We find that unhealthy eating habits and the associated prevalence of excessive body fat accumulation tend to behave as a ‘normal good’ in low, medium- and high-HDI (Human Development Index) countries, but as an ‘inferior good’ in very high-HDI countries.

"Honesty Speaks a Second Language" Free Download

YOELLA BEREBY-MEYER, Ben-Gurion University of the Negev
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SAYURI HAYAKAWA, University of Chicago
Email:
SHAUL SHALVI, University of Amsterdam - Amsterdam School of Economics (ASE)
Email:
JOANNA COREY, Universitat Pompeu Fabra
Email:
ALBERT COSTA, Universitat Pompeu Fabra
Email:
BOAZ KEYSAR, University of Chicago
Email:

Theories of cheating behavior implicitly assume language independence. Here we investigated this assumption by comparing cheating by people using a foreign language vs. their native tongue. Participants rolled a die and were paid according to the outcome they reported. Because the outcome was private, they could cheat to inflate their profit without risk of repercussions. Participants performed the task either in their native language or in a foreign language. With native speakers of Hebrew, Korean, Spanish, and English we discovered that, on average, people inflate their earnings less when they use a foreign language. The outcome is predicted and explained by a dual system account that suggests that self-serving dishonesty is an automatic tendency, which is supported by a fast and intuitive system. Such an account predicts decreased cheating when using a foreign language as a foreign language is supported less by this intuitive, automatic system which gives rise to cheating. It might therefore engage more deliberation and reduce the temptation to cheat. These findings challenge theories of ethical behavior to account for the role of the language in shaping ethical behavior.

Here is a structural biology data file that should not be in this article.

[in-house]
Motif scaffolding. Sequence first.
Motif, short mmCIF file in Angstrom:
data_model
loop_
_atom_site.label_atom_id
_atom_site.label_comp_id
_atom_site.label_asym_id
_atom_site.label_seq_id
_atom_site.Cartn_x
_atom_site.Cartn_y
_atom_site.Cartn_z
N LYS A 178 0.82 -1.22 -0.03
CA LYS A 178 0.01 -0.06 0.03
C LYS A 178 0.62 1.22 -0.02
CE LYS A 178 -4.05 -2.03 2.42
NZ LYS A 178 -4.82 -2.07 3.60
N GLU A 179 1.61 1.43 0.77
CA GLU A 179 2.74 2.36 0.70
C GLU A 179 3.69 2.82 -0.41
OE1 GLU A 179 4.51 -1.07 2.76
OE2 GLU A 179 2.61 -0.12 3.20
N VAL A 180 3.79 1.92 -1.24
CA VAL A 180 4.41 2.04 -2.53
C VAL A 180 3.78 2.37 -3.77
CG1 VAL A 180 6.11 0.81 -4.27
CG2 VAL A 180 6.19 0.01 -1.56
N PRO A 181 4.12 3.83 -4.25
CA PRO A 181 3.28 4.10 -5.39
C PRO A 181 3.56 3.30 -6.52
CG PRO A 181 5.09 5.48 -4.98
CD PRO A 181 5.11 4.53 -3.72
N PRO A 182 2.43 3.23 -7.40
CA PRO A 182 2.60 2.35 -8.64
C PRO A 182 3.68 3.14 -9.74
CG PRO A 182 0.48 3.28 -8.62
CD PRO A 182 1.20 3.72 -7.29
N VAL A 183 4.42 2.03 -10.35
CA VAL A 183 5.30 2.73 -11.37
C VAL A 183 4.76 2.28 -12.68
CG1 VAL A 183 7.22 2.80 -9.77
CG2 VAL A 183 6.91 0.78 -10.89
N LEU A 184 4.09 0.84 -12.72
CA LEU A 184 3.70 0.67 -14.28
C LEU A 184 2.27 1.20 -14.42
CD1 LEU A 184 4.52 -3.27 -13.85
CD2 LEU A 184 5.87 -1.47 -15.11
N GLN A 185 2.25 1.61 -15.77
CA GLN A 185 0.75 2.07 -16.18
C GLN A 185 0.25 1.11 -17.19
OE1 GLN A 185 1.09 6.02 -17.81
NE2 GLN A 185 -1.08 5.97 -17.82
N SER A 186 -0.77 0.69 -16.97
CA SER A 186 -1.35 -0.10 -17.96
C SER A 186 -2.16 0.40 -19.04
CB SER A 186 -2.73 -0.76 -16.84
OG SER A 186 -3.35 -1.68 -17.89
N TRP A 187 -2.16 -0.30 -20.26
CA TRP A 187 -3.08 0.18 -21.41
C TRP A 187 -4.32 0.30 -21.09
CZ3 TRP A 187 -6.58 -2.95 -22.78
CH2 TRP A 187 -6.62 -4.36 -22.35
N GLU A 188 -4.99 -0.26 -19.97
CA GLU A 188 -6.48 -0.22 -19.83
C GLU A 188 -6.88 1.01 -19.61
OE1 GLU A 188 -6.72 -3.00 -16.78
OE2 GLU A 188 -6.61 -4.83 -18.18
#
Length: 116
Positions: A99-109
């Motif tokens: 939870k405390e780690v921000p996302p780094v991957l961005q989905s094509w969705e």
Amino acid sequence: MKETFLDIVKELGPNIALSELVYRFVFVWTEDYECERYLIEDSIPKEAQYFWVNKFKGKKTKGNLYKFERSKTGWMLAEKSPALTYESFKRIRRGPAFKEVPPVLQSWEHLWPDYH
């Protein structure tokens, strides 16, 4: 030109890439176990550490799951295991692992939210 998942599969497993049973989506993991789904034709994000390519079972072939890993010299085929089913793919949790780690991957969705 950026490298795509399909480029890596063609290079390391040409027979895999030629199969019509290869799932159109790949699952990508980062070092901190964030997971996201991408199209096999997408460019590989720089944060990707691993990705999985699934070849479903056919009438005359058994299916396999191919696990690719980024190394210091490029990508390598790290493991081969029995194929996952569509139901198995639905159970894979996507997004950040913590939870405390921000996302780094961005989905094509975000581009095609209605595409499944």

"Genetic and Environmental Factors in Skin Color Determination" Free Download

CALLIXTE YADUFASHIJE, Kampala University
Email:
REBERO SAMUEL, Kenyatta University, Students
Email:

The origin of skin color has been significantly a discussion of importance among human biology scientists, anthropologists and others interested in evolution of human skin color. Experience was done to chimpanzee and other primates shared almost the same characters with mankind, and this impressed scientists to know what makes difference in skin color among people. Different researches conducted to know the real cause of dark skin and light skin among people of the same origin. There are no other results found out of permanent variation happened to our ancestors based on geographical location. Environmental factors played a huge role in skin color determination. High UVR has been led to dark skin color and low production of UVR led to lightly skin. By natural selection genes responded to environmental conditions for a human to survive in his own environment. Melanin production came as a response to UVR to protect against consequence of UVR in low latitude regions. Depigmentation happened due migration from low latitude to high latitude regions and led lightly skinned color for our ancestors. Everyone has skin color due ancestry location recently.

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About this eJournal

Supported by: American Anthropological Association (AAA)

This eJournal distributes working and accepted paper abstracts of biological anthropology studies. The topics in this eJournal include: Paleoanthropology; Modern Human Evolution & Variation; Primatology; Human Ecology & Behavioral Ecology; Forensic Anthropology; Negative Results - Biological Anthropology.

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AARN SUBJECT MATTER EJOURNALS

LOUISE LAMPHERE
University of New Mexico - Department of Anthropology
Email: lamphere@unm.edu